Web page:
April 24, 1990
Proclamation by the City of Burbank, California
75th Anniversary of the Armenian Genocide
The City of Burbank proclaims April 24, 1990 as the Commemoration of the Armenian Genocide organized and implemented by the government of Ottoman Turkey, 1915-1923.
75 years ago today, on April 24, 1915, the Ottoman Turkish Government rounded up and executed the intellectual, cultural, and spiritual leaders of the Armenian Community living in Turkey. This was the beginning of the elimination of the Armenian people and culture that had existed for over 3000 years in what is today Eastern Turkey.
During the years 1915 to 1923, 1.5 million Armenian men, women, and children were tortured and then murdered. Over 905 of the Armenian population in Turkey were killed. "no hamlet was too insignificant to be missed." (Dr. Herbert A. Gibbons, The Blackest Page of Modern History, Putnam, NY, 1916)
Henry Morgenthau, US Ambassador to Turkey, 1913 to 1916, stated that "When Turkish authorities gave the orders for these deportations, they wee merely giving the death warrant to a whole race; they understood this well, and, in their conversations with me, they made no particular attempt to conceal the fact." (Ambassador Morgenthau's Story, Doubleday, Garden City, 1918)
Today, a survivor of the Armenian Genocide, Haig Baronian is with us. Haig was seven years old when he witnessed the destruction of his entire family. His father and uncles were arrested and executed. Haig, his mother, four sisters, baby brother, and grandmother were sent on a death march. They were forced to walk for weeks tortured and beaten along the way. Haig was the only one of his family to survive. He was forciblebly adopted by Turks, but was soon sent away by government decree with thousands of other children to the cliffs to die, their only consolation was that they would be joining their parents in heaven. Haig escaped death again and again to be one of the lucky few finally saved by American Missionaries.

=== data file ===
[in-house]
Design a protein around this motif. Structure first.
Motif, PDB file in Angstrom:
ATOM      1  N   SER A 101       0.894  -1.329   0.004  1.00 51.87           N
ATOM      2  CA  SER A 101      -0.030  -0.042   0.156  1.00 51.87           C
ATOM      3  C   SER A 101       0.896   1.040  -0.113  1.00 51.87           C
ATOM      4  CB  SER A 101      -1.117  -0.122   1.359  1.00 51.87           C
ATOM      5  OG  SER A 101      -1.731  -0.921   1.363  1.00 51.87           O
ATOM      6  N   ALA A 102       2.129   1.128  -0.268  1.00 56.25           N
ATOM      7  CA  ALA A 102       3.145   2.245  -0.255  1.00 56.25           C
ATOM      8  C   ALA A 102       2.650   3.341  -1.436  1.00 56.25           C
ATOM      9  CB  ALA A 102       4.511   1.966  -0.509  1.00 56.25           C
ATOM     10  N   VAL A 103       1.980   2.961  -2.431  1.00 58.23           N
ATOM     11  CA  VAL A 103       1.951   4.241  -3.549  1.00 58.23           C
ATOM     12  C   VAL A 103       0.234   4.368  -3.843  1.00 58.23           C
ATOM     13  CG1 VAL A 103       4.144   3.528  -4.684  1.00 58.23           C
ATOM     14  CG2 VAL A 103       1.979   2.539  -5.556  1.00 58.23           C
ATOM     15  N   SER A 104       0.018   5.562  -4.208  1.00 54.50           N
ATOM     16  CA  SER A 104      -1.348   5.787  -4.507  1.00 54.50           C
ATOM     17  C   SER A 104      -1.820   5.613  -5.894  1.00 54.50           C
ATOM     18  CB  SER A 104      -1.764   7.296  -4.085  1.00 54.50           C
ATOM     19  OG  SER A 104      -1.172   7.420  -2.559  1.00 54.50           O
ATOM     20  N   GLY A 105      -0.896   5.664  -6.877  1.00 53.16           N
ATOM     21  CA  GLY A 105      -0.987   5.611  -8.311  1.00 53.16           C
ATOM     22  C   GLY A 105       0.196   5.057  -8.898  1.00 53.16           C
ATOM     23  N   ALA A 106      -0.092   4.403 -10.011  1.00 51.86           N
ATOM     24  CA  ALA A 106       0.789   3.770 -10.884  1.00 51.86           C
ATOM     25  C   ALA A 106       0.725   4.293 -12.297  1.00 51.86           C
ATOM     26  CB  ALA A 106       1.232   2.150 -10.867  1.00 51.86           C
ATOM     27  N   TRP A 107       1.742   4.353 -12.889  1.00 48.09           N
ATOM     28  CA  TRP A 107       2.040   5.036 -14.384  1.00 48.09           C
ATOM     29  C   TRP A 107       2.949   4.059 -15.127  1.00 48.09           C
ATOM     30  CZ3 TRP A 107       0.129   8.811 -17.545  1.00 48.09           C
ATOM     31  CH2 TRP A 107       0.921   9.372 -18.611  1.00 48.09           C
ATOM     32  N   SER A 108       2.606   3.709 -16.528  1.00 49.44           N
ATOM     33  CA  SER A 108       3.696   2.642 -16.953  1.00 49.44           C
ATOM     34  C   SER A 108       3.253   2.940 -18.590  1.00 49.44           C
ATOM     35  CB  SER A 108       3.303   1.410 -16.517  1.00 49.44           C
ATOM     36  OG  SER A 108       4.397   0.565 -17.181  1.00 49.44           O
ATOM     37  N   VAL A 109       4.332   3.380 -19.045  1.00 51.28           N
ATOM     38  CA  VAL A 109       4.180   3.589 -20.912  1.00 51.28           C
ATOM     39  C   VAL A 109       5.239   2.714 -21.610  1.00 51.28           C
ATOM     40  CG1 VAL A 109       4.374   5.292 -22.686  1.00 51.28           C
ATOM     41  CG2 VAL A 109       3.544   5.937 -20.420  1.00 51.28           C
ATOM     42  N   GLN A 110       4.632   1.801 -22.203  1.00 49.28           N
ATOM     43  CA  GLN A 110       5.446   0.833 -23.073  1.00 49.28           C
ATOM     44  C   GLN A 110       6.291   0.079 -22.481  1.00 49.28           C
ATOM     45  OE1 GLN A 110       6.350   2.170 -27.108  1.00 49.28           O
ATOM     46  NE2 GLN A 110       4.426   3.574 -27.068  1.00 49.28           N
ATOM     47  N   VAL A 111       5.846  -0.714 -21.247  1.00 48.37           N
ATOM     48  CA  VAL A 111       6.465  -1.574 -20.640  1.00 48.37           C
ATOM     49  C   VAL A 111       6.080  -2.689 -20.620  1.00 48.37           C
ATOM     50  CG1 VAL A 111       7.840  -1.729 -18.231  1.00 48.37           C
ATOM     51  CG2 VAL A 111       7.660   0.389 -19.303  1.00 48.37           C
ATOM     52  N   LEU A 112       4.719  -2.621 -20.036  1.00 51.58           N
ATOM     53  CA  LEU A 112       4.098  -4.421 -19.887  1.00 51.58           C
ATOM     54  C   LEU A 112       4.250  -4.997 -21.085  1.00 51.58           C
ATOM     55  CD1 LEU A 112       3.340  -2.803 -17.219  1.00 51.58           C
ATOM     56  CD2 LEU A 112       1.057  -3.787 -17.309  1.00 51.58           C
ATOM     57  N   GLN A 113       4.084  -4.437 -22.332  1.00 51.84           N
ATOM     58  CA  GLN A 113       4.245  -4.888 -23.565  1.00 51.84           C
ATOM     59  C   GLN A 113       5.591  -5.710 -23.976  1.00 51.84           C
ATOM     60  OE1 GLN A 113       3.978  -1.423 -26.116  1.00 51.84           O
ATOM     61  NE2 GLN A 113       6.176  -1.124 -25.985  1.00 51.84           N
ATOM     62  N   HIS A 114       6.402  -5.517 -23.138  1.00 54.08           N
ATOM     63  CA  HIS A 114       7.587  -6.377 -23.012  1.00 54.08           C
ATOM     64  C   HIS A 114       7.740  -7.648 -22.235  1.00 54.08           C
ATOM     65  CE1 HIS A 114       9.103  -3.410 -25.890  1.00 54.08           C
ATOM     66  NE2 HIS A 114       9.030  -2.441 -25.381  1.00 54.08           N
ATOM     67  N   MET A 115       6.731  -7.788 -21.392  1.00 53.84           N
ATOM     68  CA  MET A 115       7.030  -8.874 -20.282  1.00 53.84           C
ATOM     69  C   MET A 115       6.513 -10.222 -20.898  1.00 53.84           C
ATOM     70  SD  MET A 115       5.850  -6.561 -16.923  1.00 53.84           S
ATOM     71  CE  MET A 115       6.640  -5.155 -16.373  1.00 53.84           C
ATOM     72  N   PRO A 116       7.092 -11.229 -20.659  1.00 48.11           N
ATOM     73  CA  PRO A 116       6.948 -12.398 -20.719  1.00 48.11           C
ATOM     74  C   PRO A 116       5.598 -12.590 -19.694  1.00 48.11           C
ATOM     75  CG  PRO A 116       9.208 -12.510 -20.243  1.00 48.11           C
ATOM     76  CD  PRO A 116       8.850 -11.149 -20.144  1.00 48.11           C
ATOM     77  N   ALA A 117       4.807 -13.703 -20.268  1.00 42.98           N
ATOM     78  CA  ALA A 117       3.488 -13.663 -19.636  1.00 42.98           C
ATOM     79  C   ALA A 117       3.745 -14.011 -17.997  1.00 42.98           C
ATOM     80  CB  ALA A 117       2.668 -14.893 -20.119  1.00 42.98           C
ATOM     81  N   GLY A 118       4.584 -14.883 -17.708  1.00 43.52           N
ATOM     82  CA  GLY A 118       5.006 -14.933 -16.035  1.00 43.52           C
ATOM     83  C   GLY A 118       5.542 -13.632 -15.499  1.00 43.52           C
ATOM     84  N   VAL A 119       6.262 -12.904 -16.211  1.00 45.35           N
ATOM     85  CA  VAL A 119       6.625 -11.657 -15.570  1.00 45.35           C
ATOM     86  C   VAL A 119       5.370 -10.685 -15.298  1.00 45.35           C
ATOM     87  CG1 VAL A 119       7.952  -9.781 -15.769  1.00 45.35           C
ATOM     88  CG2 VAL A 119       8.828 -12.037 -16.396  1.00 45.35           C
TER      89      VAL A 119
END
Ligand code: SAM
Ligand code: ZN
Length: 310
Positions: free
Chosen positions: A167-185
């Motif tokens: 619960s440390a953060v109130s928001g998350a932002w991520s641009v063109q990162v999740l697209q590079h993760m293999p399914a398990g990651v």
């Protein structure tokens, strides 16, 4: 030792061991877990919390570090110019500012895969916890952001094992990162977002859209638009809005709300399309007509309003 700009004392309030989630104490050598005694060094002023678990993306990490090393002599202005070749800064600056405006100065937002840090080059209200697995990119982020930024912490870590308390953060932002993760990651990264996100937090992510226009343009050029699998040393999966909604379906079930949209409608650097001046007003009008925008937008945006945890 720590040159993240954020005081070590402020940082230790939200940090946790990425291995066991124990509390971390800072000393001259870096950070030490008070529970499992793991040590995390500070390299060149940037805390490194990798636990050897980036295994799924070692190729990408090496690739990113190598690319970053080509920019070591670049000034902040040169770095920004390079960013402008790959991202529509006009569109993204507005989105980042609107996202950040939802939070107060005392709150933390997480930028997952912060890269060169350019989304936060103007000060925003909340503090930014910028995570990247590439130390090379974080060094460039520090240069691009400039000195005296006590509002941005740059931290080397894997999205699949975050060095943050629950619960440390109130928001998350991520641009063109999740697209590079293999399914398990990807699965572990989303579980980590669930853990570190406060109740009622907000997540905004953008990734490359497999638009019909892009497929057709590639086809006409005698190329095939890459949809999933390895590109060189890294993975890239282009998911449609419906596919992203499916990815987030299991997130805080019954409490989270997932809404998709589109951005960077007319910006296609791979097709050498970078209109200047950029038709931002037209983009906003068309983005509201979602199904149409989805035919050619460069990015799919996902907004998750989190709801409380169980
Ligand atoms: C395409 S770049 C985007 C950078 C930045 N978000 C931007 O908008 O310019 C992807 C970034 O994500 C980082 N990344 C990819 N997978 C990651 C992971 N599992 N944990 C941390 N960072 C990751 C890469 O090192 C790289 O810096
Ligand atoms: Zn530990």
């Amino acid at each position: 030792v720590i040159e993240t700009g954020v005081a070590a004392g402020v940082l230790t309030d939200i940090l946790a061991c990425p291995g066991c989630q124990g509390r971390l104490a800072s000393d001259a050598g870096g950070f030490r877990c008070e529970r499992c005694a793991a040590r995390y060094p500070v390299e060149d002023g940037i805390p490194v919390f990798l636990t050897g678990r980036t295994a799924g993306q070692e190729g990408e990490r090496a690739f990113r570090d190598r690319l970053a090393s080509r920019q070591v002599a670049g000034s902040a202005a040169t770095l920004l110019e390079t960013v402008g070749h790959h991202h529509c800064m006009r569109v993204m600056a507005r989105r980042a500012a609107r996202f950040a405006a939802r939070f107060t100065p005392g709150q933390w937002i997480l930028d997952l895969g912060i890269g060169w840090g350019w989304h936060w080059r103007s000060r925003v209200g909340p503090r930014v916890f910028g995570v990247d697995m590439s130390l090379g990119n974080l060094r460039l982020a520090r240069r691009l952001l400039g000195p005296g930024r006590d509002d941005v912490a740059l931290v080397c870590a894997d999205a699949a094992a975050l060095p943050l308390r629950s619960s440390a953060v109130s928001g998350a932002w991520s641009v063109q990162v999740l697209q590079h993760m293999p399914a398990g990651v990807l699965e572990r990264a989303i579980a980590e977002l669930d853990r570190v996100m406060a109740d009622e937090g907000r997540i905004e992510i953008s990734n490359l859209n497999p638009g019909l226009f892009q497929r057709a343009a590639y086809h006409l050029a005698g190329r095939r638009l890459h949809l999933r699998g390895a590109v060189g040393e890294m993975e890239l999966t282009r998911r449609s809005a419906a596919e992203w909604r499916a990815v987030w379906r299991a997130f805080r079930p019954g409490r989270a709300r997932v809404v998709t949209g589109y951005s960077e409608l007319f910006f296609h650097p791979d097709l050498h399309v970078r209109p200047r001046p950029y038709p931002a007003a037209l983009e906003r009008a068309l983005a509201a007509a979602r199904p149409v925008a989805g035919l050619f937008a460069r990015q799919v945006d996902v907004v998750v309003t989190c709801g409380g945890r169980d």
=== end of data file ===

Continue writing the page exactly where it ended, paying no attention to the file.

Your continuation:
The pattern of genocide that Armenians have faced is not the first, except in its shear magnitude and the denial that followed. The US Holocaust Memorial Council describes the Armenian Genocide as the "grim prelude" and unfortunate source of "inspiration" to Hitler in his plan to exterminate the Jews. In Hitler's own words he asked "who remembers the Armenians." As long as genocide is denied and forgotten, we can never be sure it will not happen again. Today, the City of Burbank remembers.
Cynthia A. Broussalian
819 So. 6th St. #302
Burbank, CA 91501
work: 213-491-8133 home: 818-843-5783.